• Nov 28, 2010
Roundabouts are the scourge of many a motorist and a favorite calming device of traffic engineers, and they're spreading like crazy across the United States roadscape. As anyone who's had the joy of driving in Massachusetts or New Jersey will tell you, plenty of drivers have absolutely no idea when to yield or how to successfully navigate these rings of macadam.

According to The New York Times, the fertile Midwest has sprouted a bumper crop of these sometimes-confusing intersections, with 100 popping up in Wisconsin since 2004, and almost 100 blooming in Kansas, as well. Other states have a richness of roundabouts; Maryland has nearly 200, for example; and there's more on the drawing board across the nation.

Despite a public that's apparently skeptical of the change, there are plenty of positives to roundabouts. Speeds are low, and any crashes that do occur are less severe because the head-on collision is virtually eliminated. Emissions are also purportedly lower because there's less starting and stopping (though drivers waiting in epic backups approaching these things might disagree), they don't require electricity to operate and they keep traffic moving simultaneously in multiple directions. Since they do seem to be the favorite device of traffic engineers, roundabouts won't be going away any time soon, so we're all going to get the chance to try them out. Like brussels sprouts at Thanksgiving dinner, they might even turn out to not be so bad.

[Source: The New York Times | Image: Una Smith via CC 2.0]


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  • 115 Comments
      • 4 Years Ago
      they are a lot of fun to drive in circles late at night when no one else is around! ;P
      • 4 Years Ago
      Brussel Sprouts will always be bad; however, round-a-bouts are mostly a good thing. Americans are not used to them and as such don't know how to navigate them very well (yet). They have proliferated in the rest of the civilized world since the beginning of the motor age. It's about time we embraced our rounder selves and build more of these and resign traffic lights to the Smithsonian.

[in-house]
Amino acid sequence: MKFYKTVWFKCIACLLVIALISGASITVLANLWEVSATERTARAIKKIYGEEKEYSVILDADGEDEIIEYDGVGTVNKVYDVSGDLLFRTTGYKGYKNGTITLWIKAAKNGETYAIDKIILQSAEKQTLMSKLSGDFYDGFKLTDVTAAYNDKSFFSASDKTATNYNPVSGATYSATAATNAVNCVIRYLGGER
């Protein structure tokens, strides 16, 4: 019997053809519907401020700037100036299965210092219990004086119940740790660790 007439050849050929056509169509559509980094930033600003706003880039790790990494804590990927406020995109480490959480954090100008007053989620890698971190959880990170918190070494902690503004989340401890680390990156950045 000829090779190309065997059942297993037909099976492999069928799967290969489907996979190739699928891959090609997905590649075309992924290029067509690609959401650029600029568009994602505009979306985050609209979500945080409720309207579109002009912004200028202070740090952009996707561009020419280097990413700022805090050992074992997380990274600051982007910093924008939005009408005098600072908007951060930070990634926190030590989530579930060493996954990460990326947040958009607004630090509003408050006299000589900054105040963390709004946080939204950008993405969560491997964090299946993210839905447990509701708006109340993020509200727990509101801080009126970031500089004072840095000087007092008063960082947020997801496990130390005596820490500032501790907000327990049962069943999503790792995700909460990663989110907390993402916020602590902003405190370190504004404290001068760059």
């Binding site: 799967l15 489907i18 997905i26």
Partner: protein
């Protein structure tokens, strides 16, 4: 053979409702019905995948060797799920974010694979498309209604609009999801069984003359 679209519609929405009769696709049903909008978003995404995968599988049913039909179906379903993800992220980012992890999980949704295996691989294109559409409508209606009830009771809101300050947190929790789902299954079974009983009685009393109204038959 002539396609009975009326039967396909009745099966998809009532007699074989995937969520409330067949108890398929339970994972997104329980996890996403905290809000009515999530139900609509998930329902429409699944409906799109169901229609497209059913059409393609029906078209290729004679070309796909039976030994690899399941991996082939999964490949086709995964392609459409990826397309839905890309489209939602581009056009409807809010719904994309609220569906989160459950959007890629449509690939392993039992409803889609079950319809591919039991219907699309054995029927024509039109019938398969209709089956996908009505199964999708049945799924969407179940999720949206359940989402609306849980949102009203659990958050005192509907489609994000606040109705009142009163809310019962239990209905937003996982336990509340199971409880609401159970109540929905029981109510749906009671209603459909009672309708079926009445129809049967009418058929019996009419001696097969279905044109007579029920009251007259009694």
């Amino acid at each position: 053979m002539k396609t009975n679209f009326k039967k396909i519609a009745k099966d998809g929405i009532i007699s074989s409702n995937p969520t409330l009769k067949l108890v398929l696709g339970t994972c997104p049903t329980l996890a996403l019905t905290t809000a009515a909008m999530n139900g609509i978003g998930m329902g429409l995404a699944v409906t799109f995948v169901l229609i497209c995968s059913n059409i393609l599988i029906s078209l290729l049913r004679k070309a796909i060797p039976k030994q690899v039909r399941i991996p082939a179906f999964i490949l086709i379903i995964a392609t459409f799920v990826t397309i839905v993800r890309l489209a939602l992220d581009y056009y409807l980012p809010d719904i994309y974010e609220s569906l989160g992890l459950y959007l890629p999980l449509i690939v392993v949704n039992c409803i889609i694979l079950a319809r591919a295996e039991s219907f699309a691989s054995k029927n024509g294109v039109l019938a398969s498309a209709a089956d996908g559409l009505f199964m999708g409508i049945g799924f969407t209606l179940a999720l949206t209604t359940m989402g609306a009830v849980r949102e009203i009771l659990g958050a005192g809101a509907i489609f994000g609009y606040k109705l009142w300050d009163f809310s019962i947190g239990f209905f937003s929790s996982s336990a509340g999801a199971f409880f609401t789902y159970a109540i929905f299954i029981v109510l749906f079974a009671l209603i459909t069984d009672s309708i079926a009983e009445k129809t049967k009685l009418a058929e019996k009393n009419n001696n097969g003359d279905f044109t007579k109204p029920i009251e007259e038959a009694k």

• 4 Years Ago
      I didn't read all the comments but it boils down to one thing. Education or the lack of it. American's are uneducated drivers for the most part. Most moan and hiss about learning anything new.
      • 4 Years Ago
      I guess Americans get confused when they have to turn right.
      • 4 Years Ago
      Yeah. We have one of those in my town. Everyone else calls it "The Circle". I call it "The Skidpad".
      • 4 Years Ago
      There's a few roundabouts where I live and traffic flows alright. The real problem here isn't so much ignorant drivers but that in addition to a four street conjunction there's several business parking spaces along the entire roundabout between the roads. Trying to leave those spots can be a nightmare.
      • 4 Years Ago
      I laugh at all the puny circles you whiners are posting. Check out this monstrosity:

      http://maps.google.com/maps?f=q&source=s_q&hl=en&geocode=&q=Somerville+Circle,+Raritan,+NJ&sll=40.575504,-74.628437&sspn=0.002221,0.003814&ie=UTF8&hq=&hnear=Somerville+Cir,+Raritan,+Somerset,+New+Jersey+08869&t=k&z=16

      My favorite is when the dude stuck in the middle lane for three revolutions decides to break for it and turn 90 degrees right in front of you. Best of all, if you call 911, they will ask you what "side" of the circle you're on, so they know which of the three police jurisdictions to call.
      • 4 Years Ago
      One simple rule that the government needs to teach drivers. If you intend to stay in the circle - keep your left hand turn signal on. When ready to exit - signal right. Roundabouts would work great is every drive did this!
      • 4 Years Ago
      I live in the city where we have more roundabouts than an entire state! We can always tell outsiders from locals from the way they navigate through roundabouts, from hilarious to downright suicidal idiocy. But when you get used to them, it's the fastest way across town.

      Some of my mates from outside the city complained about the sheer numbers of these infernal donuts but usually getting used to em, I heard them said "why cant they just built a roundabouts here instead of these stupid stoplights?" at their place. That's the reason why you have more than 100,000 of 'em in europe, it just make sense.

      We have 1/3 mile (diameter) roundabouts, 10 yard roundabouts, ovals (fav stop for young budding illegal racers), roundabouts with stop lights, roundabout with stop sign 3 way roundabouts and, well pretty much every flavor you can think of. The only roundabouts that I hate are the ones with stoplights esp at midnight.
      • 4 Years Ago
      If your in the inside lane of a two-lane roundabout during heavy traffic, you pretty much shot yourself in the foot. Good luck getting out of that trap. The Simpsons had an episode where they were in Britain and stuck in a roundabout.
        • 4 Years Ago
        On your average two-lane roundabout, the right lane is for going right or straight ahead, and the left lane is for going left or straight ahead, just like your average four-lane lighted intersection. The left/inner driver is never impeded from exiting provided righty beside him doesn't think he can turn left. When the populace grow up with two-lane roundabouts, by-and-large, they don't make this mistake.
      • 4 Years Ago
      With a radius over 30 but under 50 meters, in fairly low traffic, roundabouts are drift heaven. Traffic lights are so lame compared to these lovely round slabs of Tarmac ;)
      • 4 Years Ago
      Look at this bad boy in England, one big roundabout with twoway traffic with 6 little (1 way traffic) roundabouts for the exits.

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